Countdown to WRC-19: more spectrum for HAPs and Wi-Fi?
Our second Countdown to WRC-19 Research Note looks at the mobile and fixed services, the topics covered in Chapters 1 and 2 of the conference preparatory document.
Excluding 5G mmWave services, the first big issue is additional spectrum around 39 GHz and 20 GHz for High Altitude Platforms (HAPS), such as balloons.
A second major consideration is extending the 5 GHz Wi-Fi band, which is not attracting significant support.
The third talking point is terrestrial and satellite coexistence around 2 GHz.
5G in the mmWave bands is discussed in a separate Note.
All the Countdown to WRC-19 Research Notes are available online and we will be highlighting the different subject areas in a series of forthcoming alerts.
November 2017 marked the half-way point between WRC-15 and WRC-19, the regular inter-governmental meeting tasked with amending the Radio Regulations. In a series of Research Notes, we take stock of global preparations for the meeting. This Note explains how the process works and we examine the agenda items in detail in the Notes that follow.
This Research Note looks at agenda items contained in Chapters 1 and 2 of the Conference Preparatory Meeting (CPM) Report, principally new spectrum for High Altitude Platforms (HAPS); the identification of frequencies for some transport applications; extending the 5GHz Wi-Fi band; and terrestrial and satellite coexistence around 2 GHz.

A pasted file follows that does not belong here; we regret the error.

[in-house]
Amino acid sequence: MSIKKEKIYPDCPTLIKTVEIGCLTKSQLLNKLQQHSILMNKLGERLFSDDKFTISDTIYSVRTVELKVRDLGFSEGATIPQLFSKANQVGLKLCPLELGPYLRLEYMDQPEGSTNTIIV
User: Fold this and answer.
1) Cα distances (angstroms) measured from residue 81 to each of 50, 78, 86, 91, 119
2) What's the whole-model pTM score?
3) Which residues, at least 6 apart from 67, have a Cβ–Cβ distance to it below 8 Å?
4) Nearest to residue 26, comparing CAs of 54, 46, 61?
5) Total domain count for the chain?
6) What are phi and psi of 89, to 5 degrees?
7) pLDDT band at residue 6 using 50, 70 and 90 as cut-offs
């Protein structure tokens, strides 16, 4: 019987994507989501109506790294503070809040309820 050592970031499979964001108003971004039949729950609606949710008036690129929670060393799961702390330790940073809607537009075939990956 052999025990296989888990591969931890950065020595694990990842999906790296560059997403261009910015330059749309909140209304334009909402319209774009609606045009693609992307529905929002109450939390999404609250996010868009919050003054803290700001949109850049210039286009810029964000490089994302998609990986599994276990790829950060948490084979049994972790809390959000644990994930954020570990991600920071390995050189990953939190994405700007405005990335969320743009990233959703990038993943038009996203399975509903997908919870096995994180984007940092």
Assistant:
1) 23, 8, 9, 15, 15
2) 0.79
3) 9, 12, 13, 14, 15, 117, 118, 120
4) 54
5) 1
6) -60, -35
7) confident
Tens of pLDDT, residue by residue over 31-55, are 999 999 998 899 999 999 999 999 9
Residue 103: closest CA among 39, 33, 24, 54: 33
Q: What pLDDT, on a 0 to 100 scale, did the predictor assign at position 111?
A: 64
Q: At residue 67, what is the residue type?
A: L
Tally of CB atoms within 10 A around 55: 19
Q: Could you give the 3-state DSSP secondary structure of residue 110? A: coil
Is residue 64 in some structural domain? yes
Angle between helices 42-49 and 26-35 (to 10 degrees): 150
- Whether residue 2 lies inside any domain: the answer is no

Auction Tracker updates
The UK Court of Appeal has dealt the final blow to mobile operator Three’s challenge to the upcoming auctions of 2.3 GHz and 3.5 GHz spectrum. The regulator, Ofcom, says it will now quickly move forward.
PolicyTracker understands that binding auction plan reviews are still on the table in European Electronic Communications Code discussions and that some EU member states are coming around to the idea.
Roberto Viola, head of the European Commission’s directorate general for connectivity (DG Connect), told a conference in Brussels today that the release of the 700 MHz, 3.4-3.8 GHz and 26 GHz bands will be “the most important release of frequencies ever in Europe”.
Some policymakers are starting to believe that coverage may be a more important policy objective for spectrum auctions than just filling government coffers.